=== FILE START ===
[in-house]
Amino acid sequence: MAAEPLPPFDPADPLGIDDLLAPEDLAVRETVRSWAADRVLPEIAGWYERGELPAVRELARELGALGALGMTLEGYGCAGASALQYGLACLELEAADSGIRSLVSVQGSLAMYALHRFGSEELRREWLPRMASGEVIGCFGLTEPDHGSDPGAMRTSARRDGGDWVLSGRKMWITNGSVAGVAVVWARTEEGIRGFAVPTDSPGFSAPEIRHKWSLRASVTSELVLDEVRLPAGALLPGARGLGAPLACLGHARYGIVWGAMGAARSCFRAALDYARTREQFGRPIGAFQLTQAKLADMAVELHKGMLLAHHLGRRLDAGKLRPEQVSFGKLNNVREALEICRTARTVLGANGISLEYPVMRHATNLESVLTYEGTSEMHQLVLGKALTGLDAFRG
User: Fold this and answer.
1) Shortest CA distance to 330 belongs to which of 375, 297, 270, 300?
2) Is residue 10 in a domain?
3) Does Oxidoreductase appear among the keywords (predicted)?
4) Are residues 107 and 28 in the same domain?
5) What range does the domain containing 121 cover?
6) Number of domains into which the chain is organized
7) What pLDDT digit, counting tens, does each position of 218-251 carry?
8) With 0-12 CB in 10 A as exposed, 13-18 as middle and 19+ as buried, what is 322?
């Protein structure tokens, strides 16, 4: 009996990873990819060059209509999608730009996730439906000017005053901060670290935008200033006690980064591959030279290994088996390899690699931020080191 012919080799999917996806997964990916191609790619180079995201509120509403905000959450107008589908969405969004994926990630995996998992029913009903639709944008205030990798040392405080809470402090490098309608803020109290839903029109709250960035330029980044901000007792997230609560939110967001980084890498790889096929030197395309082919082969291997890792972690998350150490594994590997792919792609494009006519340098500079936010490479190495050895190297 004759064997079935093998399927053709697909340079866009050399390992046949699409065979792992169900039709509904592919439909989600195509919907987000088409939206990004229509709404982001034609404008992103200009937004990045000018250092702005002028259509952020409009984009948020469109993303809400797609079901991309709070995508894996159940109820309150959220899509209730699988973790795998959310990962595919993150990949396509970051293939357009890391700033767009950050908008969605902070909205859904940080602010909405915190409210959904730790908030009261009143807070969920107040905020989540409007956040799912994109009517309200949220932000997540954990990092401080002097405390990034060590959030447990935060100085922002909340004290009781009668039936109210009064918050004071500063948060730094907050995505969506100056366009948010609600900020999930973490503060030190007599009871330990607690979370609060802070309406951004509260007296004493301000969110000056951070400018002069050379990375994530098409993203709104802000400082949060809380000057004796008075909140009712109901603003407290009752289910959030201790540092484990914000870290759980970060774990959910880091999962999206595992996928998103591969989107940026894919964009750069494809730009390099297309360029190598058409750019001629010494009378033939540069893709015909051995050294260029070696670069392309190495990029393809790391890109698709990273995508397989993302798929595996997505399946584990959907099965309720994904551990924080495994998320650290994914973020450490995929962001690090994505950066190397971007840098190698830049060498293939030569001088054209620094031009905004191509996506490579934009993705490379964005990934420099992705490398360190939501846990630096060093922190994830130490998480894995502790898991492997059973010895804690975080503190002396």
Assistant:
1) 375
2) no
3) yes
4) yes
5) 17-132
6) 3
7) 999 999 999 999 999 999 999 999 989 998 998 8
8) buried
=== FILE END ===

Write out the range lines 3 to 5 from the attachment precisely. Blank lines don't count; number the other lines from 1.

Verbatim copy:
User: Fold this and answer.
1) Shortest CA distance to 330 belongs to which of 375, 297, 270, 300?
2) Is residue 10 in a domain?